Christmas Message From Stan and Lois McCormack.
As Christmas approaches, we think of sharing and when one writes on a website, the most appropriate thing to share is a personal story. At this time of the year, we look back; we remember the magic we experienced as children.
Most often such retrospective moments are enhanced by listening to familiar music, music associated with Christmas. There is a certain comfort which comes in part because of the association of the music to other activities closely linked to Christmas ~ a familiarity usually gained by reason of an attachment to the Church during one’s formative years.
For many, the School Concert presented the opportunity to share, by performing, by singing Christmas music, or by acting out biblical stories associated with nativity.
The smaller the community in which one grew up, the closer the link among Church, School, and Community.
The elementary public school I attended was a One Room School and the attendance peaked at 16 pupils. Accordingly, every student had the opportunity to take an active part in the annual Christmas Concert. Pic is of every student sitting on our front step.
I believe that radio, more so than television, was conducive to the generation of visions as mentioned above >> no doubt because there was no TV when most of us were at this point of our development, and accordingly, the visions created by radio were those we ourselves formed. They remain burned into our memory bank!!
My personal Christmas memories, the childhood memories which I recall, were those formed from probably 1943 to 1949. We held Christmas at our home. My mother’s family travelled to be with us ~ one aunt and uncle in particular often surface in my memory ~ probably because they had no children and therefore made more “of a fuss” over myself and my two siblings. They were especially active in the preparations for Santa!! The entire family was happy to have them participate in Christmas festivities >> they became a part of the Christmas Family. Pic of a/n couple taken in 1949.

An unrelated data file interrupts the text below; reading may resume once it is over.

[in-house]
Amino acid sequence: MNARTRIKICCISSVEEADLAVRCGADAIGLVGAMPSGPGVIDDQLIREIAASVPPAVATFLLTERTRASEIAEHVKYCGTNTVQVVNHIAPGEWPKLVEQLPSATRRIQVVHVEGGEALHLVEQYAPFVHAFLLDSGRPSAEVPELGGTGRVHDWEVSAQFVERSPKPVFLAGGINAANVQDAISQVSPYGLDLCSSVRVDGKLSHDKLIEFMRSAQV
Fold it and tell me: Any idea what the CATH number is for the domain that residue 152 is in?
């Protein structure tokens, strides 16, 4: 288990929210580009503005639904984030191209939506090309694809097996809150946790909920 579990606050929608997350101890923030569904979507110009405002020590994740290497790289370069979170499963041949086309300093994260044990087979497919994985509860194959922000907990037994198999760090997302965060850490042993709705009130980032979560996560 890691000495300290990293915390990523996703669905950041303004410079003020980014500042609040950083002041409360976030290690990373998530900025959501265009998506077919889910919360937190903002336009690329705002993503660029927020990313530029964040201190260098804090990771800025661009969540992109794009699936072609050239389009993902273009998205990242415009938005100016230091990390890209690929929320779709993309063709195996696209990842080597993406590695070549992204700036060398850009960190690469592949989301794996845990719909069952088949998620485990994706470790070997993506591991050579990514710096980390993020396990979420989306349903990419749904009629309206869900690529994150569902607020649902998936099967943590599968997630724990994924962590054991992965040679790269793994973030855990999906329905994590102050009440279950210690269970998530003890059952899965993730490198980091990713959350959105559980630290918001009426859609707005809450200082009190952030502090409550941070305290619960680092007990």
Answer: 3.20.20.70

My grandparents also made the one mile trek to be at our Xmas table; most often by automobile when road conditions permitted. (Vintage car NOT my grandparents; but it was a neighbours.! However; on at least one Christmas, the grandparents were forced to travel by tractor, not through the snow, but over the snow. And that aunt and uncle, the ones with no children, they came by horse and sleigh, not cutter, sleigh.
As I sit at my computer I cannot help but reflect on how communications have changed; ~ it has not been an evolution, it has been a revolution!! No TV; that came to our family in 1952. No cell phone, my goodness; how did my mother ever do her shopping?? LOL We did have a telephone, phone #, Brooklin 19r11 (the “r” stands for ring) and when the phone made one long ring, followed by one short ring, Mom answered the phone ~ often to become aware that some of the others, who shared the line with us, were already there. I suppose in some way, this was a type of communication, a sharing of the news. The use of the phone was limited, not only technically, but economically. Each call outside of your small phoning area cost 10 cents, and I can assure you that it took a very serious incident to justify such a call. It was immoral to make an “unnecessary call”!!
There is a memory gap from about 1949 to the time Lois & I had children and began celebrating Christmas. Vivid memories of the celebrations in Germany surface, (1956 to 1959) probably because of our new role as Santa Clause and the different slant given to the celebration by the German people. Our first two children were born in Germany, (two of five), while stationed there serving with the RCAF, (Royal Canadian Air Force). We celebrated with our landlady, Frau Braun and with their immediate family ~ Anna and Frank; Francis and Hubert; and the two youngen Herbert and Erica. Two of Frau Braun’s 3 daughters, married Canadians.
My memories continue to build as we return home; we live in many different provinces, and eventually upon retirement, end up at the Farm in Little Britain, Township of Mariposa, ON. I suppose that period became the zenith of our celebrations because by then the family had expanded to include husbands, wives and grandchildren.
Children give meaning to Christmas. Our oldest grand-daughters (now in her 30s and married with 3 children) spoke of these Christmases recently, as she lamented that Gramm and Gramps would not be home for Christmas. We of course are not the only Gramm and Gramps that have contributed to some disruption to the “family Christmas” by reason of their exodus to warmer Climes.